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MY FAVORITE TWAIN PASSAGES AND QUOTES
1) From Innocents Abroad, a very funny bit about getting a shave in France. I hate shaving, so I appreciated it quite a bit. Related to this one is this other hilarious barber-related sketch which I agree with Twain applies to all generations of barber-going men.
2) Also from Innocents Abroad, a pretty funny description of freaks on one of his visits to Constantinople.
3) Here's some amusing thoughts on camels, from Innocents Abroad.
4) See Money for Nothing Essay endnotes for included Twain quote related to the paradoxical work/reward ratio.
5) A short quote from Innocents Abroad, I believe the conclusion, that I think is a well put thought on the wonders one experiences in travels:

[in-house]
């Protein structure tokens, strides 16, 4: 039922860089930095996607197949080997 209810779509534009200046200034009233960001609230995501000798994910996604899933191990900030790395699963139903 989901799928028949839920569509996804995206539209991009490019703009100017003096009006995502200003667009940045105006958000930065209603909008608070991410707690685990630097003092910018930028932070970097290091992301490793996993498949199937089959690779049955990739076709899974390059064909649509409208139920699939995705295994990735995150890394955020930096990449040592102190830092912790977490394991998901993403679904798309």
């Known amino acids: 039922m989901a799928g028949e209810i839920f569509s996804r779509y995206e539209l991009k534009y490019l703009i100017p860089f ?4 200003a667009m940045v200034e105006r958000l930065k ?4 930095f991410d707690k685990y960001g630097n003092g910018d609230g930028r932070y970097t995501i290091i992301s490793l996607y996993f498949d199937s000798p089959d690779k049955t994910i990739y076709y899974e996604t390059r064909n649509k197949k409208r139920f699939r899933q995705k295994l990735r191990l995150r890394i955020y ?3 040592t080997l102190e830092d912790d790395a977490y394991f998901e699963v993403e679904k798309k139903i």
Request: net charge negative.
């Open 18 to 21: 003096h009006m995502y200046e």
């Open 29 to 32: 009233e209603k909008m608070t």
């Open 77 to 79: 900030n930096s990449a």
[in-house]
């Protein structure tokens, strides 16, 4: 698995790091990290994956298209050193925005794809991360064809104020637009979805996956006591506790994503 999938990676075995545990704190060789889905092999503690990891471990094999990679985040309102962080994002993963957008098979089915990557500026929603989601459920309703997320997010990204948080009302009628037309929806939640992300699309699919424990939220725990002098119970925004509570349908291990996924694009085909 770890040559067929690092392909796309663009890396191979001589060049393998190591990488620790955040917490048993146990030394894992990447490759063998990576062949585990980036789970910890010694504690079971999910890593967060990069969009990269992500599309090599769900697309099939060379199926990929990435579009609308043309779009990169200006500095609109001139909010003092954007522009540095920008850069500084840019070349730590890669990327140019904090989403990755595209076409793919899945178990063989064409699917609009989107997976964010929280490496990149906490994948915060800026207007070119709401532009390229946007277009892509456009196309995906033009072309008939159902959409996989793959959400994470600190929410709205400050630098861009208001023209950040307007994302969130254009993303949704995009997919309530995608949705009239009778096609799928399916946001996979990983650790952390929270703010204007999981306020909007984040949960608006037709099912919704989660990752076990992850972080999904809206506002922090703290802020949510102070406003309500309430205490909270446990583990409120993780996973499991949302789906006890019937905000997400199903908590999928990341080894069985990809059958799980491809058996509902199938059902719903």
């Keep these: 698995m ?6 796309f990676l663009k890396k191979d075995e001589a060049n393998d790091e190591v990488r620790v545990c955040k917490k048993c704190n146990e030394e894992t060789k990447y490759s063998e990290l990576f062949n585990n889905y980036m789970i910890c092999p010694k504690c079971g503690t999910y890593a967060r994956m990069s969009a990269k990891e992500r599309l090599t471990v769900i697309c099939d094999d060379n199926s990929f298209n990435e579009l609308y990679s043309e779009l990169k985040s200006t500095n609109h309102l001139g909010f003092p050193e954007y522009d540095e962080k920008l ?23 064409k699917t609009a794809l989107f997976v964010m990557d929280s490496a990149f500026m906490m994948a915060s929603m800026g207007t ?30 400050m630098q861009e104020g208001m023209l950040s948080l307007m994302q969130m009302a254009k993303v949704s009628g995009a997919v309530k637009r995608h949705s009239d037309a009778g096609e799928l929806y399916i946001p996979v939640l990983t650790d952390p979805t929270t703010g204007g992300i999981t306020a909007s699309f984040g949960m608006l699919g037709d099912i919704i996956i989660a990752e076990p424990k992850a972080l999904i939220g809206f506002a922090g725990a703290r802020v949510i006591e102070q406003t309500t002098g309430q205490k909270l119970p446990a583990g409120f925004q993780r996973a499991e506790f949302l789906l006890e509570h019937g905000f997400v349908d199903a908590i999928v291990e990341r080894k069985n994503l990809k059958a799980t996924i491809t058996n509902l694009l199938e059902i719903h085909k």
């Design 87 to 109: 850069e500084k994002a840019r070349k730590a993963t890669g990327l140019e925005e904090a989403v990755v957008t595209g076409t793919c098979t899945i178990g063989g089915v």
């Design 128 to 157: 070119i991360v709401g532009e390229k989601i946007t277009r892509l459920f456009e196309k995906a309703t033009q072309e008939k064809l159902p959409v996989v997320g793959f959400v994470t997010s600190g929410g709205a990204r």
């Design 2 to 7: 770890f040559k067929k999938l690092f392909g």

Truly, "seeing is believing" -- and many a man lives a long life through, thinking he believes certain universally received and well established things, and yet never suspects that if he were confronted by those things once, he would discover that he did not really believe them before, but only thought he believed them.
6) Upon his failure to quit the smoking habit, from Roughing It:
At last I lit the pipe, and no human being can feel meaner and baser than I did then. I was ashamed of being in my own pitiful company.
7) Twain's first impression of Lake Tahoe, from Roughing It: